Dr. Phil Castille became the eighth president of the University of Houston-Victoria in August 2011. He immediately took up UHV’s most important challenge – expanding from an upper-division, commuter university offering junior, senior and graduate courses into a full-fledged residential university admitting freshmen and sophomores. This ambitious process is often referred to as “downward expansion.”
Among the achievements of his first year as president are creating the “UHV Guarantee,” a generous financial aid opportunity for qualifying underclassmen; launching a year-long celebration of UHV’s 40th anniversary in the UH System from 1973-2013; and extending UHV’s educational reach across its entire service region, including Greater Houston.
Student recruitment is a focal point of his presidency, leading to rapid gains in freshman and sophomore enrollments and the opening of a second residence hall in fall 2012. Campus infrastructure is a priority with approximately $25 million in new construction projects under way in Victoria, including a third residence hall now under construction; and an Academic & Economic Development Building, set to break ground this spring as UHV’s first new academic building in Victoria since the late 1990s. These capital projects are part of a new campus master plan to guide growth over the remainder of the decade and beyond.
Prior to joining UHV, Dr. Castille served as vice chancellor for academic affairs at the University of Hawaii-Hilo, where he oversaw all academic programs, including the founding of a College of Pharmacy. Before that, he served as founding dean of the College of Arts & Letters at Eastern Washington University in Spokane/Cheney, and as founding director of the School of Literature & Language at Louisiana Tech University.
President Castille earned his bachelor's degree from Tulane University, where he graduated Phi Beta Kappa. His masters's is from the University of North Carolina at Chapel Hill, and his Ph.D. is from Tulane.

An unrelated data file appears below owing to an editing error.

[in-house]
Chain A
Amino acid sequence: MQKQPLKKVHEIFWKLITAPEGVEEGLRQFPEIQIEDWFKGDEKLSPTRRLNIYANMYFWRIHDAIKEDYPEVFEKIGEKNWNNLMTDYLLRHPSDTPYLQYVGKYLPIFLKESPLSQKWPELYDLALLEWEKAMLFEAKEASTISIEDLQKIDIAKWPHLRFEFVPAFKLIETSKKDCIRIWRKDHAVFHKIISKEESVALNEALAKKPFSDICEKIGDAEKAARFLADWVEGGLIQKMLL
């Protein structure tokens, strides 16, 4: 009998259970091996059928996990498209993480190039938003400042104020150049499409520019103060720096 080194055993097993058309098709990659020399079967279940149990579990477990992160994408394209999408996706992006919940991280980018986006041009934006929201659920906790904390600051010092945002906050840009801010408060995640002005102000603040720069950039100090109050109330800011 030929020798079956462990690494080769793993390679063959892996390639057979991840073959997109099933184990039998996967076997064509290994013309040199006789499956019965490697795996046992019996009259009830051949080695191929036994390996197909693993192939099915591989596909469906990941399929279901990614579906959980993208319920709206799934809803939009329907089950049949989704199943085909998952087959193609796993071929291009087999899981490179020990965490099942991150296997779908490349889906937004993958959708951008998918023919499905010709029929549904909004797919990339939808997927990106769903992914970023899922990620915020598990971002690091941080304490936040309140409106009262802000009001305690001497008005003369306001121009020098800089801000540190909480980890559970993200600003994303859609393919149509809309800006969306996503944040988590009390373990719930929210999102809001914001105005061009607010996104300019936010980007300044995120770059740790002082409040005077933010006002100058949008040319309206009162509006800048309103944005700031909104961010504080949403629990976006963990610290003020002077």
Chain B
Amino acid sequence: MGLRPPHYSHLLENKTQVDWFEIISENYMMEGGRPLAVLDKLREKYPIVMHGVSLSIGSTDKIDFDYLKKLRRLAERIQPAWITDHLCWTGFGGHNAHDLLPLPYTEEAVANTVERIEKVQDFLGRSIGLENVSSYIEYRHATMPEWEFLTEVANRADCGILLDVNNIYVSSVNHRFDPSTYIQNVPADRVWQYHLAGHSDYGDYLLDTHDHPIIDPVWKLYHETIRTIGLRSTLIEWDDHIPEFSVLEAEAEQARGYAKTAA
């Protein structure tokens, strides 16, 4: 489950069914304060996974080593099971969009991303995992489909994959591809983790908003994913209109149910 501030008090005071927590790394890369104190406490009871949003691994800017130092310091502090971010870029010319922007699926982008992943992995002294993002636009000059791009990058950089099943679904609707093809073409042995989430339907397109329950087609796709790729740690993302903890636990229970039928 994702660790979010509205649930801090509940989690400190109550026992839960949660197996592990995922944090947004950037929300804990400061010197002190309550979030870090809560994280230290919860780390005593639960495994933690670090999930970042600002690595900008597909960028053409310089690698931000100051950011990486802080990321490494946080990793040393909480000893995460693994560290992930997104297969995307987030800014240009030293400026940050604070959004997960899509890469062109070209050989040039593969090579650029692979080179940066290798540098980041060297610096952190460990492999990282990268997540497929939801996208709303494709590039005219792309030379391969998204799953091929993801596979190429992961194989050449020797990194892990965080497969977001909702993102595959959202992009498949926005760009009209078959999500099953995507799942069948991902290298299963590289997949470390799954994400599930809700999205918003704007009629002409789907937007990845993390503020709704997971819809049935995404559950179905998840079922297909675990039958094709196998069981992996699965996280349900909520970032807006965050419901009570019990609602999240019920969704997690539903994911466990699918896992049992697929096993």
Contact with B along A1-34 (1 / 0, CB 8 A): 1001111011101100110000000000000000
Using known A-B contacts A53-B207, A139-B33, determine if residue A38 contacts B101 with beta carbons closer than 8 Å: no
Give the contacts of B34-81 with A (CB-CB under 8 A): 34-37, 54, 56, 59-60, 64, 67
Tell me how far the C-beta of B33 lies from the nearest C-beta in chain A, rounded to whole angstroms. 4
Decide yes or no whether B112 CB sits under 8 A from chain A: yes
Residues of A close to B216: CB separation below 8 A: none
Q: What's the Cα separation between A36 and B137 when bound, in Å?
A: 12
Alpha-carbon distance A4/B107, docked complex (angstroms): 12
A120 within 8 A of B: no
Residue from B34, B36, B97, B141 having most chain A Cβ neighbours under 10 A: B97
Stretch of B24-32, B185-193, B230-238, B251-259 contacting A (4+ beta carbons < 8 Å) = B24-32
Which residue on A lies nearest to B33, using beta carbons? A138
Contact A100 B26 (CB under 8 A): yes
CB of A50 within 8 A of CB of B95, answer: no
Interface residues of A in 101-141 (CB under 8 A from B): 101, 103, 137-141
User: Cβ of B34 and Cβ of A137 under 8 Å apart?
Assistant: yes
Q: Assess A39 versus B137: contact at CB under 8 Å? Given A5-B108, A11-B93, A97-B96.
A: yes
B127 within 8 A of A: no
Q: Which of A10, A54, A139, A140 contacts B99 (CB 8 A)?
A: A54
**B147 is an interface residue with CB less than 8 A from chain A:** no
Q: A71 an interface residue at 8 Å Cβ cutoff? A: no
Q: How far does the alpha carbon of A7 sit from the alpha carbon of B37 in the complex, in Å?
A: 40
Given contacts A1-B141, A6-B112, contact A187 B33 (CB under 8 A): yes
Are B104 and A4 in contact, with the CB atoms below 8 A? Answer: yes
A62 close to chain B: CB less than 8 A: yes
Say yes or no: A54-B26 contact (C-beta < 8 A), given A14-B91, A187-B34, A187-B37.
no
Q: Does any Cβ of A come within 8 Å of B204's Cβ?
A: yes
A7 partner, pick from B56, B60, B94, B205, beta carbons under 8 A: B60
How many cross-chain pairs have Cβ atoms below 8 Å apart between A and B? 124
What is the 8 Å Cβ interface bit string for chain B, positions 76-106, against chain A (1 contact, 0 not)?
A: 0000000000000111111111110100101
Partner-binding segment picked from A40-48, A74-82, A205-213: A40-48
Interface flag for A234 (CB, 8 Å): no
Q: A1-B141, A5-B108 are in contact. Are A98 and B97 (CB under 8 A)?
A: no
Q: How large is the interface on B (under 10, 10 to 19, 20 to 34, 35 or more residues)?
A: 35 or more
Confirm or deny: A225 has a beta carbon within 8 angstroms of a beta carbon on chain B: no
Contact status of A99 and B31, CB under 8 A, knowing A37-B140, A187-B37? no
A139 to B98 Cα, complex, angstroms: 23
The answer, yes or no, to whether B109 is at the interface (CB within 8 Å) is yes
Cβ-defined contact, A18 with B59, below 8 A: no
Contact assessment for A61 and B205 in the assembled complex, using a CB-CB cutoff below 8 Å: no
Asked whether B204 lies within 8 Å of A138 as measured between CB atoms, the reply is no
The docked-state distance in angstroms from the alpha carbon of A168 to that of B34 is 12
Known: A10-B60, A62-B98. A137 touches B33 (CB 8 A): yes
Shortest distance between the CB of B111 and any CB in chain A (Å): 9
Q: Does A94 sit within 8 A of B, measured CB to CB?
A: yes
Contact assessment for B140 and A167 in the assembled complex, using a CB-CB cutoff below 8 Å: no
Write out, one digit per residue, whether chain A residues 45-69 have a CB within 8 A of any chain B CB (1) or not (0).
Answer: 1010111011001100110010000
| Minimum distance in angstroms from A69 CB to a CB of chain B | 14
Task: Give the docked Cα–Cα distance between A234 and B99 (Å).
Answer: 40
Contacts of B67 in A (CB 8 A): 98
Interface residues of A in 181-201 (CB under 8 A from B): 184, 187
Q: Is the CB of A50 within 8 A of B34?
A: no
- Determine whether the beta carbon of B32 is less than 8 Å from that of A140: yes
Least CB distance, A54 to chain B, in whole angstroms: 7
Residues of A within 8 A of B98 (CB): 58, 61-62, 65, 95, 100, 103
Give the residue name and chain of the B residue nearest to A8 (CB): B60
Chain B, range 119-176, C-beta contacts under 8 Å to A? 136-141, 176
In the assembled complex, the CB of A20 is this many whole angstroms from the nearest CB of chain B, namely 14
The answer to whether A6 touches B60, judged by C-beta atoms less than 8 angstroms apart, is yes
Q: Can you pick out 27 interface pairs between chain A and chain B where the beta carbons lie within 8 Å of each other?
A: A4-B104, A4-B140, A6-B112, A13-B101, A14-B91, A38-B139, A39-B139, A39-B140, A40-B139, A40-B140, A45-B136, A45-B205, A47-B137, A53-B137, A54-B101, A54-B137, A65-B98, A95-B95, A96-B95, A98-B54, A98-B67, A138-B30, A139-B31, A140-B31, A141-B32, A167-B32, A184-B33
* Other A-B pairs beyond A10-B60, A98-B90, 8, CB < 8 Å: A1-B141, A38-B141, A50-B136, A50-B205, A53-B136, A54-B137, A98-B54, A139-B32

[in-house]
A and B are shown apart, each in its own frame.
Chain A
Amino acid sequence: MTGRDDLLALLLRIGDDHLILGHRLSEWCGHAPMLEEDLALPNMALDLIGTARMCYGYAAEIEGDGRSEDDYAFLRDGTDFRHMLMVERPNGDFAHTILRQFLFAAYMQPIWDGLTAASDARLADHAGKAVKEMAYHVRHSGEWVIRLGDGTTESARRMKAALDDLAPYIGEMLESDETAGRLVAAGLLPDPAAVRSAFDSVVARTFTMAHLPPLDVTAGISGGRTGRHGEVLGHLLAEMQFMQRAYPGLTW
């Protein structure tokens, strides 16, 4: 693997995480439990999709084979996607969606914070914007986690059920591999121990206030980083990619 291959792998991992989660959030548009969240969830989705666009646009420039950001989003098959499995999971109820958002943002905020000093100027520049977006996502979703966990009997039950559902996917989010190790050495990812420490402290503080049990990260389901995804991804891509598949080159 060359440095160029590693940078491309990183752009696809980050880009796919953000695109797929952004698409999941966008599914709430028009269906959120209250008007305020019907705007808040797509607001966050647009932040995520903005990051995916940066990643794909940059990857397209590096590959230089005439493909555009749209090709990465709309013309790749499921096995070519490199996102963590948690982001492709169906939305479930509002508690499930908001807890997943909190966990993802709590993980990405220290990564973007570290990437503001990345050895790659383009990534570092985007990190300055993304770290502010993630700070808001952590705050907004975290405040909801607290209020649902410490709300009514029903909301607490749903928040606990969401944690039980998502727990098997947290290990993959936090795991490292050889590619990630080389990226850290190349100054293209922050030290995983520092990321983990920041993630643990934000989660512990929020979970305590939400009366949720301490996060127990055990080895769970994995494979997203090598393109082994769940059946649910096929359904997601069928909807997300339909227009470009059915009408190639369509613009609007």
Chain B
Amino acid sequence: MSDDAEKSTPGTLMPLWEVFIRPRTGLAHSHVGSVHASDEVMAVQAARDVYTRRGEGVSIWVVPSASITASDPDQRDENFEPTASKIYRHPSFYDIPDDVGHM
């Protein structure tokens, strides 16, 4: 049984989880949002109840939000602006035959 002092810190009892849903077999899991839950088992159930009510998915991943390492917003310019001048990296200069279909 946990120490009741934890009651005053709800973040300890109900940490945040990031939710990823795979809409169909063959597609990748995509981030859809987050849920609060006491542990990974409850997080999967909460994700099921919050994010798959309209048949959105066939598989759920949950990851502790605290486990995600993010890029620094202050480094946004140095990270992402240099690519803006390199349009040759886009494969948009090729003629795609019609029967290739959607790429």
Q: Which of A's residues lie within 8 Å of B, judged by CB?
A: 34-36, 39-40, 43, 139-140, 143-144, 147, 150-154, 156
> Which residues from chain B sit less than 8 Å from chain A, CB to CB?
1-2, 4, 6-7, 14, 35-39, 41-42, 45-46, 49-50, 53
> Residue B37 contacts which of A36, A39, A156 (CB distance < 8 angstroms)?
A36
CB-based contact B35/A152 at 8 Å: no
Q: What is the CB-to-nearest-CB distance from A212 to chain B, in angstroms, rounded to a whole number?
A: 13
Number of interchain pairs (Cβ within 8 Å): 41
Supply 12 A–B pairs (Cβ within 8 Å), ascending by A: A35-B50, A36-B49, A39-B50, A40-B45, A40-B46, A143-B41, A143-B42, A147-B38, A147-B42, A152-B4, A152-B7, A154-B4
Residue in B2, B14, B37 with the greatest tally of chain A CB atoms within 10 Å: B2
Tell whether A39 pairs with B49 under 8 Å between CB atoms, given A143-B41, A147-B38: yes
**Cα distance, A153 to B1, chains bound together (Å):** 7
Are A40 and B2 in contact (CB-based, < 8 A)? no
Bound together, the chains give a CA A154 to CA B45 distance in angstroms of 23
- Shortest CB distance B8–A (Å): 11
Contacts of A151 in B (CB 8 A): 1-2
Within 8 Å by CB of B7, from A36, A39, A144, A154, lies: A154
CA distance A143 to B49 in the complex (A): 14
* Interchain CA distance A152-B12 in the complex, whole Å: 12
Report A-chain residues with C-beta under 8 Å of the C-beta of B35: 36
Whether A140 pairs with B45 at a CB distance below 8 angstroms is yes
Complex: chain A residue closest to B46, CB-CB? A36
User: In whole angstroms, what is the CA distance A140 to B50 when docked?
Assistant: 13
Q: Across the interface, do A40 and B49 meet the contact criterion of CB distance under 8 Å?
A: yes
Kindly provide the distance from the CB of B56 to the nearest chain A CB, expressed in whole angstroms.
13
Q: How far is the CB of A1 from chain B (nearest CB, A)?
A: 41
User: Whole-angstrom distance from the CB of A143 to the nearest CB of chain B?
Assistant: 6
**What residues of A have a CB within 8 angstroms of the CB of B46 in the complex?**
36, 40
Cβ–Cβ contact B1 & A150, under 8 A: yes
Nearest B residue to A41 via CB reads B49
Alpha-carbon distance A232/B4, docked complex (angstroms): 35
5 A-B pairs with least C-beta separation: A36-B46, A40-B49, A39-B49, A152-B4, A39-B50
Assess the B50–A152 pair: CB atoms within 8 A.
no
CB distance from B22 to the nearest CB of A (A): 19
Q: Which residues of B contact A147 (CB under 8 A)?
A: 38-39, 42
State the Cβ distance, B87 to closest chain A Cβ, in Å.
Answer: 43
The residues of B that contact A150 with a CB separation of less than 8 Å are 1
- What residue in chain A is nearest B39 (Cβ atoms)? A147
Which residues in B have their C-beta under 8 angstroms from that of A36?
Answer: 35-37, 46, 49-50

Before becoming a full-time administrator in 1994 as head of the English Department at LaTech, he was a full-time faculty member at Tulane, the University of Memphis, and the University of Houston-Downtown. There he earned the University Teaching Award, taught in the Texas London Consortium at University College London, was a finalist for the Minnie Stevens Piper Foundation Texas University Teaching Award, and served as president of the Phi Beta Kappa Alumni Association of Greater Houston, which set national records for awarding scholarships to top high school graduates.
Dr. Castille has been a tenured professor at five public universities, specializing in teaching technical and scientific writing. Much of his scholarship has centered on Southern literature, film and culture. His work on William Faulkner, Robert Penn Warren, Erskine Caldwell and other authors has appeared in numerous books and journals that focus on the modern South. Since 1995, he has been a member of the St. George Tucker Society, which is by invitation only; based at Emory University, it includes leading scholars in Southern Studies.